Four emerging cybersecurity trends

Author: Mel Griffiths

Four emerging cybersecurity trends

 As new technologies, systems, platforms and operating models materialise, cybercriminals continue to make global headlines by taking advantage of any detected vulnerability. We’ve analysed five cybersecurity trends for 2021 along with some ideas on how to mitigate the impacts of such an evolving threat landscape.

  1. The Rise of Machine and deep learning.

The capabilities from sophisticated machine and deep learning technologies offer valuable insights and systems to replace the human intervention factor to analyse the masses of threat data.  Identifying every kind of malware is nearly impossible but applying machine learning techniques is one way to use autonomous cybersecurity techniques to your advantage. These systems may use databases to quickly pull information about previously detected threats and examine them to determine if it is malicious.

Again, even with the advent of this technology, the cybercriminal is evolving.   They are also using advanced machine learning techniques to manage their attacks and deploy techniques such as data poisoning and model-stealing. These sophisticated attack techniques are also using technologies and tools to make their hacks more effective. They are creating automated malware and ransomware to gain access to the increasing breadth of corporate technologies.

Looking ahead, machine and deep learning cybersecurity tools will continue to evolve, and trends are showing that even organisations that suffered an attack but also had advanced cyber security technologies still saved millions in 2020. Unfortunately, threats and attackers will also learn the norms of the machine and deep learning techniques and build attack capabilities to counter the advanced technologies in cybersecurity space.

  1. Increased remote working arrangements and cloud computing.

Today, the shift to a hybrid model of the workplace has become the norm.  Yet remote work and cloud computing continue to pose a cybersecurity threat. The remote working environment is appealing to threat actors because most home networks aren’t professionally managed, and companies have been rushed to accommodate this new remote landscape.  Many of the typical security measures may have been overlooked or side stepped to keep operations running and therefore created new risks for all industries.

We have seen that organisations use VPN networks to connect to corporate networks for work tasks, however attackers have learned how to exploit the VPN technologies and connections to take advantage of the trust model of a VPN connection. Hence, organisations are now rethinking their remote working security by exploring a zero trust model where every user and connection receives verification before accessing any resources. This means identities, endpoints, applications, data, networks, and visibility are protected by security elements such as multi-factor authentication.  Again, threat actors have found weaknesses in this technology through the actual phone network and now the trend is to move away from SMS passcodes.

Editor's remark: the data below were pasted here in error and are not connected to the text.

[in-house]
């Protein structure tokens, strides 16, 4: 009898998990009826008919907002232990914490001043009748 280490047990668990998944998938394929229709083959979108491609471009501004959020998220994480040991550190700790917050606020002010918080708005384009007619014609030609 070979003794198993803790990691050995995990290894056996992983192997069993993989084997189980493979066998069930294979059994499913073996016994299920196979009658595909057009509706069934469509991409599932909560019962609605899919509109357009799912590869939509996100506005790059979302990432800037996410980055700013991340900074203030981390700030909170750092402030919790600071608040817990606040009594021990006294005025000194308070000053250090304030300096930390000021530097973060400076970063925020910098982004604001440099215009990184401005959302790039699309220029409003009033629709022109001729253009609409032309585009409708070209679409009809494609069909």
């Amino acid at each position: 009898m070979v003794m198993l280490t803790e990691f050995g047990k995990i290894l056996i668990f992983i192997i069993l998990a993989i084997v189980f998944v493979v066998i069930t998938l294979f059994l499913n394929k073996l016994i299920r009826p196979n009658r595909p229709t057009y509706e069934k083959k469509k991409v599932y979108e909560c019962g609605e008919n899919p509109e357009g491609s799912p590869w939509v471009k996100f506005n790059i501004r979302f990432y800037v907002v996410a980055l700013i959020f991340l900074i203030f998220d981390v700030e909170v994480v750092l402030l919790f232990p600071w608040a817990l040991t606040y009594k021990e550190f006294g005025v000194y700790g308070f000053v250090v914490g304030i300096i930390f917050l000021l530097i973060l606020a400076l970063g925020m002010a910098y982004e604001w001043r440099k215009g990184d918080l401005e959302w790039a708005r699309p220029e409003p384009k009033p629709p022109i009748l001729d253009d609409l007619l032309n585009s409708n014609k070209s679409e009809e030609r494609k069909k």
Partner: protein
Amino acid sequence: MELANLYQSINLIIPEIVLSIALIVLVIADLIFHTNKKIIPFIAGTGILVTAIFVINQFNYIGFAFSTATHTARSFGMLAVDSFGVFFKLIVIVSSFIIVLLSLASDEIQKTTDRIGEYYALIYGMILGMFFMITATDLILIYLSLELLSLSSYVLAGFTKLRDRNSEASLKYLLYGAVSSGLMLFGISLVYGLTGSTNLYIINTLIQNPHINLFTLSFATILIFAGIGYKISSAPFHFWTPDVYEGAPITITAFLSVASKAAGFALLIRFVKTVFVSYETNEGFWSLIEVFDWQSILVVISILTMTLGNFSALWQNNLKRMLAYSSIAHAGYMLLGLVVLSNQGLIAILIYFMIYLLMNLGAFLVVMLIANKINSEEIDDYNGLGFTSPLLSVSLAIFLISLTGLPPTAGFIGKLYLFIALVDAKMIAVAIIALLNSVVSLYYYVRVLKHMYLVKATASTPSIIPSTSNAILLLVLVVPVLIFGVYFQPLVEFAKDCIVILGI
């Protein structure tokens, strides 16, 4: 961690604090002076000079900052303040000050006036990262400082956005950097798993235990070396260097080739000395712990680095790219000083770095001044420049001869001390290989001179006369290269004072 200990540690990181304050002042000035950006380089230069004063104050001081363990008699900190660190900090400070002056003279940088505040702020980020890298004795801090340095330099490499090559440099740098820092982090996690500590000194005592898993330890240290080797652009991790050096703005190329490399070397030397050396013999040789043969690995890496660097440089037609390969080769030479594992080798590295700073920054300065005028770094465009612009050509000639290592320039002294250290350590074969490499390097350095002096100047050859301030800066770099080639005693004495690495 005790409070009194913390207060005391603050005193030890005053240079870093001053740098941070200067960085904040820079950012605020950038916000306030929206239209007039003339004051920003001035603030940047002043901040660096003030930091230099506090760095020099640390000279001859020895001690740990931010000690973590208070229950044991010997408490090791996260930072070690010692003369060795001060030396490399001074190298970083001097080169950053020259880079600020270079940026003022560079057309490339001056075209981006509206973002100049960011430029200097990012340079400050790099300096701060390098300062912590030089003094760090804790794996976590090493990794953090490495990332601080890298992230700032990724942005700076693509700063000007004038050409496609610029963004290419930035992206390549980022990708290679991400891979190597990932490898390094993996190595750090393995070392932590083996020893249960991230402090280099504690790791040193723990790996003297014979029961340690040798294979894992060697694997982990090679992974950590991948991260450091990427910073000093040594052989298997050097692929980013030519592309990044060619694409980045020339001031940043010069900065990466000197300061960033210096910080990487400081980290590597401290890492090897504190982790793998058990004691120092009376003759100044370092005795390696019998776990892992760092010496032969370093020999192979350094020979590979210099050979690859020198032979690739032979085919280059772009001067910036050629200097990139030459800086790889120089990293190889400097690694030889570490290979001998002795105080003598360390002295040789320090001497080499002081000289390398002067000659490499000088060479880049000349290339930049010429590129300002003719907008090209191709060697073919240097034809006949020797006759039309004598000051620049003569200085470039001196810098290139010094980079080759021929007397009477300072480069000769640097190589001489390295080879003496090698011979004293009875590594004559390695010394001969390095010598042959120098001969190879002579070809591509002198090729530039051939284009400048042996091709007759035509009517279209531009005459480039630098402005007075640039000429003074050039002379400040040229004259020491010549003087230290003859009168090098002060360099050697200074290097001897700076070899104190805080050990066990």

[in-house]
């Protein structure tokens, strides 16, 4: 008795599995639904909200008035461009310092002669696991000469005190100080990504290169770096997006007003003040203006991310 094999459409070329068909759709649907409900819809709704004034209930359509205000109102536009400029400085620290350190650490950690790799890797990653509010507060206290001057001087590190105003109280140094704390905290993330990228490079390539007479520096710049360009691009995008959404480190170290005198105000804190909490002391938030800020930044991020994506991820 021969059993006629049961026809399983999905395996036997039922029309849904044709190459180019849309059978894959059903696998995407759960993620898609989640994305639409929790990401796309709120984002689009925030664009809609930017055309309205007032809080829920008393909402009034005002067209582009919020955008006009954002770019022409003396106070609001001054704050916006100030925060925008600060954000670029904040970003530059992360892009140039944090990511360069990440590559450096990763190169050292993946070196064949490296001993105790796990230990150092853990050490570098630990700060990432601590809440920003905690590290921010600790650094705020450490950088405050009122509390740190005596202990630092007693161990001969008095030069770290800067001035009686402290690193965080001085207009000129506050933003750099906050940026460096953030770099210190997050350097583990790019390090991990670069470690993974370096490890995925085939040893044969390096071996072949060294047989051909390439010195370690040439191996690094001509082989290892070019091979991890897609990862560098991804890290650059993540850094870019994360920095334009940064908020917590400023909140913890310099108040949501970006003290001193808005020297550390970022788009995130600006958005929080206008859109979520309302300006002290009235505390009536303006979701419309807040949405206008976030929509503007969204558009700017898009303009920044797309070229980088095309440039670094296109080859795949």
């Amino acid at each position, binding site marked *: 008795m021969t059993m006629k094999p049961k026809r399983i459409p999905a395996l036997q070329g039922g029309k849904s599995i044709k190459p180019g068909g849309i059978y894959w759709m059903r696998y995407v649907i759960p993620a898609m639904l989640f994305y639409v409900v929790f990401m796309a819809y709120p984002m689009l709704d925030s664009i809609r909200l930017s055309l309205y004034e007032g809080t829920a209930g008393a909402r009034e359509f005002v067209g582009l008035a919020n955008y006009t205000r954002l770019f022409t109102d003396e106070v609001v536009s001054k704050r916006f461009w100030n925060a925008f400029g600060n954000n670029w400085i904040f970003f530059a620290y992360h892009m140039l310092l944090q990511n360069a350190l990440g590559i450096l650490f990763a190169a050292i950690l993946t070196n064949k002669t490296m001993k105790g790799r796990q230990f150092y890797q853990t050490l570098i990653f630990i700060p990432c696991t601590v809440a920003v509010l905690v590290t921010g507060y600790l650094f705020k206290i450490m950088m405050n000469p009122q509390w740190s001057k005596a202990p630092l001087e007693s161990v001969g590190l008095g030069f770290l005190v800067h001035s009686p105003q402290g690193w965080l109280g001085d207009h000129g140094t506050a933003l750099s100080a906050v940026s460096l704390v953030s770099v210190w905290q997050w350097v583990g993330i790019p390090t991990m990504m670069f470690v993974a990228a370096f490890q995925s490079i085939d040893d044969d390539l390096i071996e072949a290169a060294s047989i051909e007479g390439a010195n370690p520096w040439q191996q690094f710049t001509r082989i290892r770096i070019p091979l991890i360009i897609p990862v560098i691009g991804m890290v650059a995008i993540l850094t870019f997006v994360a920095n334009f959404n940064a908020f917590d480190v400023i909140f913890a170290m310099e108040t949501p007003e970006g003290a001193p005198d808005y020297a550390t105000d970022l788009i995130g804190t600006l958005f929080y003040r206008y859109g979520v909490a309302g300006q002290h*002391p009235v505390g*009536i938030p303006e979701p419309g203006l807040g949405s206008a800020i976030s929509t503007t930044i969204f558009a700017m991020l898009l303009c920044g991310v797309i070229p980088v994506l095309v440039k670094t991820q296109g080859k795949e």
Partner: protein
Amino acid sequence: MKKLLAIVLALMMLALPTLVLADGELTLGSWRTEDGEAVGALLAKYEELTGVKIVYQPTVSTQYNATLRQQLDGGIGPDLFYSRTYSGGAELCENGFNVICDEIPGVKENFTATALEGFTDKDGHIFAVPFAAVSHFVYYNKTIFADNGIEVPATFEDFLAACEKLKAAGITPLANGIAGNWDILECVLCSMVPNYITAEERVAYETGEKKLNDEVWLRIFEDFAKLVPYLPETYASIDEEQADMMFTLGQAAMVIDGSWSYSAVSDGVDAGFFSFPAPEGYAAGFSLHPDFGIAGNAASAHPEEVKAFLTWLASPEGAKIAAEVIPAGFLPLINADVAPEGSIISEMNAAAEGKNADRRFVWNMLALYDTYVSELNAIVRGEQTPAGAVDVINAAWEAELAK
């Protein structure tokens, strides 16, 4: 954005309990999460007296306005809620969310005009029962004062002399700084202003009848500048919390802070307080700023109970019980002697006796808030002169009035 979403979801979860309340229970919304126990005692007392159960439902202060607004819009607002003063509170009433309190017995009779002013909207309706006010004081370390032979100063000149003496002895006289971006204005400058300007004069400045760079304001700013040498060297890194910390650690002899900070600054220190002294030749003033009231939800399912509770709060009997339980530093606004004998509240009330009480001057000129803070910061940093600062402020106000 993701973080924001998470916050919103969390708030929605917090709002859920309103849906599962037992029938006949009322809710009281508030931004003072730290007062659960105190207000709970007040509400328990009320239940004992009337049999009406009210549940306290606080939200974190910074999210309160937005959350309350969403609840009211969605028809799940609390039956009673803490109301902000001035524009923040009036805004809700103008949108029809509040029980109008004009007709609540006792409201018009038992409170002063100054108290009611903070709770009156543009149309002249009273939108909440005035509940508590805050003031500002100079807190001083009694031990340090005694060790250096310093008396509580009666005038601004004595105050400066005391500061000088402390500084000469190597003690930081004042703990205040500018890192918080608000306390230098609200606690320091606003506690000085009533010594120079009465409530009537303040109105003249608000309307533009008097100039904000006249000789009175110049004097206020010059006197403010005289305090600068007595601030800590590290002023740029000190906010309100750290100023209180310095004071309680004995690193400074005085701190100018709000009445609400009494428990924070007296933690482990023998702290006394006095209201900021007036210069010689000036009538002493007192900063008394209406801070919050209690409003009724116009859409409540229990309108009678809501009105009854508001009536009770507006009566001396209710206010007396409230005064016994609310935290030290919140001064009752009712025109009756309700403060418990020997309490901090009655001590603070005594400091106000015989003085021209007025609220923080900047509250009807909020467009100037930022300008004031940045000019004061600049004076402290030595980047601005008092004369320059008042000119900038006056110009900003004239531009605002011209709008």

1. Attacks on critical infrastructure.

Critical infrastructure such as water, gas, transport, electricity, ports, healthcare, and telecommunications are under constant threat now.  Public services and privately operated infrastructure are becoming increasingly interconnected between the physical and virtual environments and therefore increasing the attack vectors.  Typically, cyber-attacks targeting critical infrastructure focus on control systems rather than and information systems or data as seen in IT related cyber-attacks.  By disrupting control systems within Operational Technology (OT) the physically connected devices that support extensive industrial processes are likely to cause the most devastating impact.

Security within OT is reacting to this threat by implementing updated security mechanisms to deliver automated and real-time alerting and visibility of their networks.  Governments are also legislating the protection of these operational environments as the consequences can be devastating to the communities and populations that depend on these services.

  1. Social engineered attacks.

Increasingly, emotional tactics to gain access to systems and information are being favoured by threat actors. According to recent statistics, 98% of cyberattacks use social engineering ploys, with COVID-19 giving rise to these incidents.

Organisations are now stepping up their measures to educate the workforce of these tactics and conduct employee training on phishing and scareware will help identify malicious attempts before they cause harm.  Some organisations conduct regular exercises and assessments with employees to test and learn and ultimately stop social engineering tactics from getting past the inbox. Other techniques include improving the identity management strategies to combat an insecure remote workforce.